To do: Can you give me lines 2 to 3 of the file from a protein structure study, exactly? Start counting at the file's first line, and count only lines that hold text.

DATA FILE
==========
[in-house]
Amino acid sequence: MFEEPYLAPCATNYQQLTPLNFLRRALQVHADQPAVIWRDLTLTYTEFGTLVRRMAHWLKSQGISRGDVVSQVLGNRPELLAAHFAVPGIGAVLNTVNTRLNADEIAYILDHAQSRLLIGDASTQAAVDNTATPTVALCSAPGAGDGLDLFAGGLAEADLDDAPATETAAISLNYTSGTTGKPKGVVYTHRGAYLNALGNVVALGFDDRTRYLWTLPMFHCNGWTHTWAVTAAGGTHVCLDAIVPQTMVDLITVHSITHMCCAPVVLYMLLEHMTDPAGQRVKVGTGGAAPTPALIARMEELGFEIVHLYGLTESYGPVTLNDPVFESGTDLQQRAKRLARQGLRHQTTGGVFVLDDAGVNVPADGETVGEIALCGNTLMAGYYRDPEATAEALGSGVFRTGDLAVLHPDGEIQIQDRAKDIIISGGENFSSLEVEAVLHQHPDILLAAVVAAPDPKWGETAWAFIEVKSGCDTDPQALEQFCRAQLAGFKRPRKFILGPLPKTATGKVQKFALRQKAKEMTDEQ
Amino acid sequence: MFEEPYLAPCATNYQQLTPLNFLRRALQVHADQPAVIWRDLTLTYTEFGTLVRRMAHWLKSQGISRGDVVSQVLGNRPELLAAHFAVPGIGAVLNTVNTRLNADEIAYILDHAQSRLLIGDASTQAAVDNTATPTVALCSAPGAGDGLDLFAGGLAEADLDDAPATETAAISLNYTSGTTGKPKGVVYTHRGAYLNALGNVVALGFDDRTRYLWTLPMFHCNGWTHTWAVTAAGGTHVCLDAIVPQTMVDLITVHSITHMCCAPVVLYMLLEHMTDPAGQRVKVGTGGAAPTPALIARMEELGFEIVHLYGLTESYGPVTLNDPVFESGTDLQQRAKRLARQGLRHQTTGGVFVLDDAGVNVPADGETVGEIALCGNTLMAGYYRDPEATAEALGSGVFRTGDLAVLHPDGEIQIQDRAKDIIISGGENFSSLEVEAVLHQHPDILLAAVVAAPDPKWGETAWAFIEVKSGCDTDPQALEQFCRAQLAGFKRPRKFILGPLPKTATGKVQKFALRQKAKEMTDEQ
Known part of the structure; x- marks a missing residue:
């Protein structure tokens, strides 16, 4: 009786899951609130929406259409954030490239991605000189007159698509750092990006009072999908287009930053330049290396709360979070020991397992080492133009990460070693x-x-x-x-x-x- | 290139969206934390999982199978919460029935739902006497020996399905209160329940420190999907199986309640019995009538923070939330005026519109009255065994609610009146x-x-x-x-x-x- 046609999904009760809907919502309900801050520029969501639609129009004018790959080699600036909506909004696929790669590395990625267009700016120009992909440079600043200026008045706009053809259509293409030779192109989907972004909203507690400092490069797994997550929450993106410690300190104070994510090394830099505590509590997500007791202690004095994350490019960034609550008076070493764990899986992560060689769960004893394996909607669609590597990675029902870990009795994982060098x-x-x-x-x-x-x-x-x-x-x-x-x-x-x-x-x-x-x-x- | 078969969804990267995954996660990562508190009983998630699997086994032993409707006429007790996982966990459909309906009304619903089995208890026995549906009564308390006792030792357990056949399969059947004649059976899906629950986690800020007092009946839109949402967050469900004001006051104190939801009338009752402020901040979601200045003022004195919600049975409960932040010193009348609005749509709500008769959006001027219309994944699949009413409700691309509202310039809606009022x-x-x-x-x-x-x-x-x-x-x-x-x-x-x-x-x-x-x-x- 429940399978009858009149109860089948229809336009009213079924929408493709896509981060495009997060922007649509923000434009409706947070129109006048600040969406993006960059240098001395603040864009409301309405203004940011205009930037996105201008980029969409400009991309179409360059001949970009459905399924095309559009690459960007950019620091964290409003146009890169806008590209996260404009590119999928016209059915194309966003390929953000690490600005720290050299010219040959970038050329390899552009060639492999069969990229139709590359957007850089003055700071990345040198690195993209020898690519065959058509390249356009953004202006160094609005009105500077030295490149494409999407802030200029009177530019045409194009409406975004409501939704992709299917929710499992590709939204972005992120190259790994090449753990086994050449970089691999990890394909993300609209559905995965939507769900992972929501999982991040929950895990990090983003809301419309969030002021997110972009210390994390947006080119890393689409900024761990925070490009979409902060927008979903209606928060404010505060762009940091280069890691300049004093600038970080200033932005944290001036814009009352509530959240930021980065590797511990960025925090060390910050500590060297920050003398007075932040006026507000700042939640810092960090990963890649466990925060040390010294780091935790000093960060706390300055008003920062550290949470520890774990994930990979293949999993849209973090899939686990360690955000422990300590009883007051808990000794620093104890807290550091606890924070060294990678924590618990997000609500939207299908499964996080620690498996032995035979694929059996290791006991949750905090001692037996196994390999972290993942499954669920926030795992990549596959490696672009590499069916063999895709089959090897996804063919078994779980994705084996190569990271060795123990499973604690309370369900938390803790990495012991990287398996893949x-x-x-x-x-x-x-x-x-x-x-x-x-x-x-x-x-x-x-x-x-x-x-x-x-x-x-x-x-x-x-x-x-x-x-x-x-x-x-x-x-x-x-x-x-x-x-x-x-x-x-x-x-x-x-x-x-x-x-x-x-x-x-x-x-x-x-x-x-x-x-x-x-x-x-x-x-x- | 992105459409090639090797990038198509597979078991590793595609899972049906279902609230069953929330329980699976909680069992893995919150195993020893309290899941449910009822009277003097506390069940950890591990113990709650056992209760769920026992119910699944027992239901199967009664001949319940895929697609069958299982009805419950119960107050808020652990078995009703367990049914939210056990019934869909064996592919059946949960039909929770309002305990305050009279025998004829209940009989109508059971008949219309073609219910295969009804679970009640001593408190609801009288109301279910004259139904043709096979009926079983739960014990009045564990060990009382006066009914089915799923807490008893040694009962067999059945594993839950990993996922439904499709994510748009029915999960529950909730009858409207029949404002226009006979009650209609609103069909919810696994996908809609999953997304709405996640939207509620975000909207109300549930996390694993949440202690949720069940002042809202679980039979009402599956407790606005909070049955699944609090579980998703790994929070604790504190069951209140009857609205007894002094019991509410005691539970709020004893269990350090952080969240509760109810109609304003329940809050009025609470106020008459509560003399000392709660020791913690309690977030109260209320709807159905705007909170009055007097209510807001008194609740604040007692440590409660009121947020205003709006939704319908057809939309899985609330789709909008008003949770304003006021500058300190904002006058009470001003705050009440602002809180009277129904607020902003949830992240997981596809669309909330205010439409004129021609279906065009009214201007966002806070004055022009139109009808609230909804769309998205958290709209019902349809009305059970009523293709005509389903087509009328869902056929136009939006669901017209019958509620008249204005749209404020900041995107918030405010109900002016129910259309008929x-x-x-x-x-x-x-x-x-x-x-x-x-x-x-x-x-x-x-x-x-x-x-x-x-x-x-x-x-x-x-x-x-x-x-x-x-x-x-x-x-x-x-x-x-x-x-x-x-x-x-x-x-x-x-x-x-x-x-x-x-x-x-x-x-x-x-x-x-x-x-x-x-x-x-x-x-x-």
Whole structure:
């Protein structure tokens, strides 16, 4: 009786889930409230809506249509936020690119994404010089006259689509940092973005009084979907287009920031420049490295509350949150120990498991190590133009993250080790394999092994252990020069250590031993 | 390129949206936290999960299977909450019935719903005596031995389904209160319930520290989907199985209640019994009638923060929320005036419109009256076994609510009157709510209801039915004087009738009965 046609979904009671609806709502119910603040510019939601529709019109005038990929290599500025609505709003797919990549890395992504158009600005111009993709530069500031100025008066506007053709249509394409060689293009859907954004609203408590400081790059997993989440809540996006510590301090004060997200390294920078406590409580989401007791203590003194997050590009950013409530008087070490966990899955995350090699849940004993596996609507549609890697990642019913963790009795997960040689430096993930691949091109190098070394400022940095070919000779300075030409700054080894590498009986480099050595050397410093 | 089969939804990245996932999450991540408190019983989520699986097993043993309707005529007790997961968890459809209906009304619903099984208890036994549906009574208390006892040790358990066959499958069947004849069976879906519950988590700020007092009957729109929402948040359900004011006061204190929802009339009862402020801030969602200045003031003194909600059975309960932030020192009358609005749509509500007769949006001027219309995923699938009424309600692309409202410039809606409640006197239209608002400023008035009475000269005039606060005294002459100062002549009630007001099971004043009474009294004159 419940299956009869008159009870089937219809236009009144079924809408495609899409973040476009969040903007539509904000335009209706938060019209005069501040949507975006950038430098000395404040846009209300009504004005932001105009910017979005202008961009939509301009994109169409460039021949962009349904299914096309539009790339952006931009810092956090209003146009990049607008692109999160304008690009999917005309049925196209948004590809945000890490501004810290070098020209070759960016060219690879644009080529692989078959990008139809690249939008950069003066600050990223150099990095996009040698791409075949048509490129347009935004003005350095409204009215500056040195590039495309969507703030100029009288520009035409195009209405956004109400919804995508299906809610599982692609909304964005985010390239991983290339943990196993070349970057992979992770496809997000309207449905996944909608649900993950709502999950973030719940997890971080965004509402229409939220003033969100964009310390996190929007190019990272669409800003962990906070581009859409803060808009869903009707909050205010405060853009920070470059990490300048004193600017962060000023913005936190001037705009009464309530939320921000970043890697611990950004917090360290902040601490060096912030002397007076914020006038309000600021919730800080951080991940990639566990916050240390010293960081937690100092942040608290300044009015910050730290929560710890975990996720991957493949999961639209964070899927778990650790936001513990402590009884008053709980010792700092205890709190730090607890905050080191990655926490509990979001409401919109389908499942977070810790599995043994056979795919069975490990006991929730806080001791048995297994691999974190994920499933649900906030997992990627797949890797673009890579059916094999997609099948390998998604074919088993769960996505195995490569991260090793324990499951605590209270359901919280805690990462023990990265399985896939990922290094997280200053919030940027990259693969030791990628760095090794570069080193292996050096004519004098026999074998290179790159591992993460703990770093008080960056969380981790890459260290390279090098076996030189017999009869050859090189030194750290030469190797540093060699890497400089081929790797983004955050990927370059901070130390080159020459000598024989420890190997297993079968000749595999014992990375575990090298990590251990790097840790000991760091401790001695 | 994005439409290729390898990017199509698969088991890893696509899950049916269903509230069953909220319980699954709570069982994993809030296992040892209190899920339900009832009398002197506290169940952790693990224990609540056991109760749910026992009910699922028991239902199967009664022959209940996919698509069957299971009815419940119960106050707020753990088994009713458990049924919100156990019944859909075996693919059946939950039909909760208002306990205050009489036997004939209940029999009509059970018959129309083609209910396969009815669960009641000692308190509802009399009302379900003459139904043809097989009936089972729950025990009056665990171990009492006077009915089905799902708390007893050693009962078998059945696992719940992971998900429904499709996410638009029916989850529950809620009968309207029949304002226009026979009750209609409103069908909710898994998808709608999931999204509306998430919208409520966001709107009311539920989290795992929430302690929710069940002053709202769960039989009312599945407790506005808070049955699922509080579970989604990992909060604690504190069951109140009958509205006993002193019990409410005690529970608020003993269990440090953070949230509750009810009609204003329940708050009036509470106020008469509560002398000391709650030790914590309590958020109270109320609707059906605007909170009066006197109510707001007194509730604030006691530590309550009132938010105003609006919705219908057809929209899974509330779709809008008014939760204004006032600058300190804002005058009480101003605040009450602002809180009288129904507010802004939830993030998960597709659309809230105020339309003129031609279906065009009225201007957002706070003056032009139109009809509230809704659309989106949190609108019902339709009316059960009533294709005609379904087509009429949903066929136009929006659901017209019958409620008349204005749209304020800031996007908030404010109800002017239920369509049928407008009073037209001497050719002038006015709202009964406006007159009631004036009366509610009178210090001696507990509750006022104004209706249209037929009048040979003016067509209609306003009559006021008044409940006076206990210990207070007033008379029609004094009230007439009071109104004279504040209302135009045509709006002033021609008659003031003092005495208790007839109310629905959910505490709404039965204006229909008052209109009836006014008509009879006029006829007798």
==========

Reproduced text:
Amino acid sequence: MFEEPYLAPCATNYQQLTPLNFLRRALQVHADQPAVIWRDLTLTYTEFGTLVRRMAHWLKSQGISRGDVVSQVLGNRPELLAAHFAVPGIGAVLNTVNTRLNADEIAYILDHAQSRLLIGDASTQAAVDNTATPTVALCSAPGAGDGLDLFAGGLAEADLDDAPATETAAISLNYTSGTTGKPKGVVYTHRGAYLNALGNVVALGFDDRTRYLWTLPMFHCNGWTHTWAVTAAGGTHVCLDAIVPQTMVDLITVHSITHMCCAPVVLYMLLEHMTDPAGQRVKVGTGGAAPTPALIARMEELGFEIVHLYGLTESYGPVTLNDPVFESGTDLQQRAKRLARQGLRHQTTGGVFVLDDAGVNVPADGETVGEIALCGNTLMAGYYRDPEATAEALGSGVFRTGDLAVLHPDGEIQIQDRAKDIIISGGENFSSLEVEAVLHQHPDILLAAVVAAPDPKWGETAWAFIEVKSGCDTDPQALEQFCRAQLAGFKRPRKFILGPLPKTATGKVQKFALRQKAKEMTDEQ
Amino acid sequence: MFEEPYLAPCATNYQQLTPLNFLRRALQVHADQPAVIWRDLTLTYTEFGTLVRRMAHWLKSQGISRGDVVSQVLGNRPELLAAHFAVPGIGAVLNTVNTRLNADEIAYILDHAQSRLLIGDASTQAAVDNTATPTVALCSAPGAGDGLDLFAGGLAEADLDDAPATETAAISLNYTSGTTGKPKGVVYTHRGAYLNALGNVVALGFDDRTRYLWTLPMFHCNGWTHTWAVTAAGGTHVCLDAIVPQTMVDLITVHSITHMCCAPVVLYMLLEHMTDPAGQRVKVGTGGAAPTPALIARMEELGFEIVHLYGLTESYGPVTLNDPVFESGTDLQQRAKRLARQGLRHQTTGGVFVLDDAGVNVPADGETVGEIALCGNTLMAGYYRDPEATAEALGSGVFRTGDLAVLHPDGEIQIQDRAKDIIISGGENFSSLEVEAVLHQHPDILLAAVVAAPDPKWGETAWAFIEVKSGCDTDPQALEQFCRAQLAGFKRPRKFILGPLPKTATGKVQKFALRQKAKEMTDEQ